Source: JT Long of The Gold Report (4/14/14)
An overinflated equities market could be good news for metals and mining stocks. In this interview with The Gold Report, Morning Notes Publisher Michael Berry shares two scenarios that could follow an imminent crash and tells us how to ride the coming gold wave to portfolio success.
The Gold Report: Mike, you've been watching the stock market and, by extension, the precious metals markets very closely for signs of a larger equity market blow-off that could send gold higher. What makes you think the Dow Jones Industrial Average and the NASDAQ are in a bubble? What are the signs that a crash might be imminent?
Michael Berry: I have been watching bubbles since 1987. In September of that year I correctly predicted the 25% crash of October 19. We have been blowing through mini and maxi bubbles for 30 years; this one is nothing new.
The solution to our macroeconomic issues has been to inflate new bubbles, to inflate asset values to soften the blow from the last bubble, all the while creating the conditions for the next one. That is how we ended up with the current equity market bubble. It is driven solely by the Federal Reserve's liquidity. Always remember that liquidity begets liquidity. I also see a debt market that I consider to be a bubble. These markets are just not sustainable. I can't say when, but we have an equity market decline coming, maybe a severe decline.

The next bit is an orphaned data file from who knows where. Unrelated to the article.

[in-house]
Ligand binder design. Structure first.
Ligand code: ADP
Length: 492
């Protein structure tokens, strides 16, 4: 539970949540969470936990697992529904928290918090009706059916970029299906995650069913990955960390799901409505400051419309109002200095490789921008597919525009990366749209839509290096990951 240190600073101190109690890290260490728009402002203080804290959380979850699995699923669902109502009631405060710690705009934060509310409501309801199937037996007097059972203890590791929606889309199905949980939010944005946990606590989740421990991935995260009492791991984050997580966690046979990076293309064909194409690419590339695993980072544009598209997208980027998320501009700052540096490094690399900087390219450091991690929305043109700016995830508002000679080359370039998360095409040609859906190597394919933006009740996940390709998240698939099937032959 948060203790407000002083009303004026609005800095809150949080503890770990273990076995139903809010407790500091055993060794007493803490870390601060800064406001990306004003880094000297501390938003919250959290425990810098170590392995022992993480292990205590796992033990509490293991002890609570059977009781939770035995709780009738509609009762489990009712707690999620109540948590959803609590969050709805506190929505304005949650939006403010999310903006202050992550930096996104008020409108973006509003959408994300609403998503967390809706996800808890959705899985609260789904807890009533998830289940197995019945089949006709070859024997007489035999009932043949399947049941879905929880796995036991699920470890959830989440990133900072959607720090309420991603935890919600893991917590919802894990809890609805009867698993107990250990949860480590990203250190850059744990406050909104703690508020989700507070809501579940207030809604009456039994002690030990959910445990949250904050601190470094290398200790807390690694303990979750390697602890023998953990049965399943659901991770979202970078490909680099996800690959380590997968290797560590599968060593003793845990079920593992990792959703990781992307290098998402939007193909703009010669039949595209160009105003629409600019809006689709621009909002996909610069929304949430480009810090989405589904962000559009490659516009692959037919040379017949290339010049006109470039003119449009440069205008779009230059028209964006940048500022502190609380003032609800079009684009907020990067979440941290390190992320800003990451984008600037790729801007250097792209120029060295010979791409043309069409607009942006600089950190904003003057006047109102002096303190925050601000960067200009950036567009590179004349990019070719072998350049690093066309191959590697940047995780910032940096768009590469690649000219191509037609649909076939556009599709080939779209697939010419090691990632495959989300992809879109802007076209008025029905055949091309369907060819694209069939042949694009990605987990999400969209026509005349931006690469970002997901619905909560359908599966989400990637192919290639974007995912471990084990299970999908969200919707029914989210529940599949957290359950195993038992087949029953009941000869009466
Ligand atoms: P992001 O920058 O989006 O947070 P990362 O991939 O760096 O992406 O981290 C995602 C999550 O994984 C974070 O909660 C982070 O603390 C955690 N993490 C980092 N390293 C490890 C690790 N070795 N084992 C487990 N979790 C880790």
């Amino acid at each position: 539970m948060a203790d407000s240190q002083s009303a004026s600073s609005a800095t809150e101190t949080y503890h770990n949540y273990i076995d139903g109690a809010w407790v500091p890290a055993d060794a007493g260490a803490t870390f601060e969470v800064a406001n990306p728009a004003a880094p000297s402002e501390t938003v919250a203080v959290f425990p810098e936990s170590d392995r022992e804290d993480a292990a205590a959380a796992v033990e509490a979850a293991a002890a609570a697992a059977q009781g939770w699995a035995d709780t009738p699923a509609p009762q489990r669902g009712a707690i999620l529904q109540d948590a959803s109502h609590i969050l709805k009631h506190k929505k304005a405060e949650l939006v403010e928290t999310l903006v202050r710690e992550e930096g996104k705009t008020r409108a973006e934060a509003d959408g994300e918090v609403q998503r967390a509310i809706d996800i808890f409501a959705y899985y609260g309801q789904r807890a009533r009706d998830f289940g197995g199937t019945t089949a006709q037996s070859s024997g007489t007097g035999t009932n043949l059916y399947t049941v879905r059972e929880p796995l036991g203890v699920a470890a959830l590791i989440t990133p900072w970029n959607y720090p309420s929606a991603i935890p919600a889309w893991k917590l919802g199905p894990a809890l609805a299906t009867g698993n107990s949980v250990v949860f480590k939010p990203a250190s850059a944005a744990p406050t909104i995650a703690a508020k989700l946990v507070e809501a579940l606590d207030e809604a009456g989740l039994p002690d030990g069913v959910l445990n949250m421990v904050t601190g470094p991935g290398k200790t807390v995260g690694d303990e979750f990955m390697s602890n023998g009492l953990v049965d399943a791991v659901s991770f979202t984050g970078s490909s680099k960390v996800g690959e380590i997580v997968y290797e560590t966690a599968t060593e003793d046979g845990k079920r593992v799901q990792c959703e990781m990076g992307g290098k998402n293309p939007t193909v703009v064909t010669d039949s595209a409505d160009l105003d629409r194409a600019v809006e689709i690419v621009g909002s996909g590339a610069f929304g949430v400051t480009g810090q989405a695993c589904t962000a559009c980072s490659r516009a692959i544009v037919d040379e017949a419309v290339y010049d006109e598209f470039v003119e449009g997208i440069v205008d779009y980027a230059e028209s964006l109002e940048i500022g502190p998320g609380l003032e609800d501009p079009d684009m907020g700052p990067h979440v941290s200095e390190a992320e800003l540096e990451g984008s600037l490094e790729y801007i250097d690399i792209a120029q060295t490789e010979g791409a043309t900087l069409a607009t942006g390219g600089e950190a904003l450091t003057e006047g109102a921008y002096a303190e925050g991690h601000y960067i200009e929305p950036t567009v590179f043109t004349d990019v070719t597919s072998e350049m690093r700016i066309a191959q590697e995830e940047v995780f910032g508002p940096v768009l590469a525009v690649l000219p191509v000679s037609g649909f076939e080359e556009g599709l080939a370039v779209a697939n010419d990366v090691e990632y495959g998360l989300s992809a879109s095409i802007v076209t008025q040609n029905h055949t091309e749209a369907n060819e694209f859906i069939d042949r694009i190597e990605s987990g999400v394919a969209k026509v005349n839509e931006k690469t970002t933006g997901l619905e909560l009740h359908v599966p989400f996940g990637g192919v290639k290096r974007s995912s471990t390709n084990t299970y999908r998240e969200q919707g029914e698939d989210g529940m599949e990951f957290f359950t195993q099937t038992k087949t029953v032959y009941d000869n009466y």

TGR: The housing bubble and the tech bubble were, by definition, confined to certain niches initially and then the impact reverberated to other sectors. Are you predicting a market-wide crash where everything falls or will it be confined to certain sectors?
MB: The correction will impact everything. As of April 8 I'm measuring the Dow technically, fundamentally and behaviorally, and I see a clear top by all three measurements. The top is not quite as clear for the Standard & Poor's 500, but it's certainly there. A major event could cause this bubble to burst and the markets turn down. I think it's imminent, probably this year. With the Federal Reserve pulling back on its quantitative easing, I can't see the equity market being able to sustain itself.
TGR: Are there any specific indicators that might tell when a crash is about to happen or will we only know after it happens?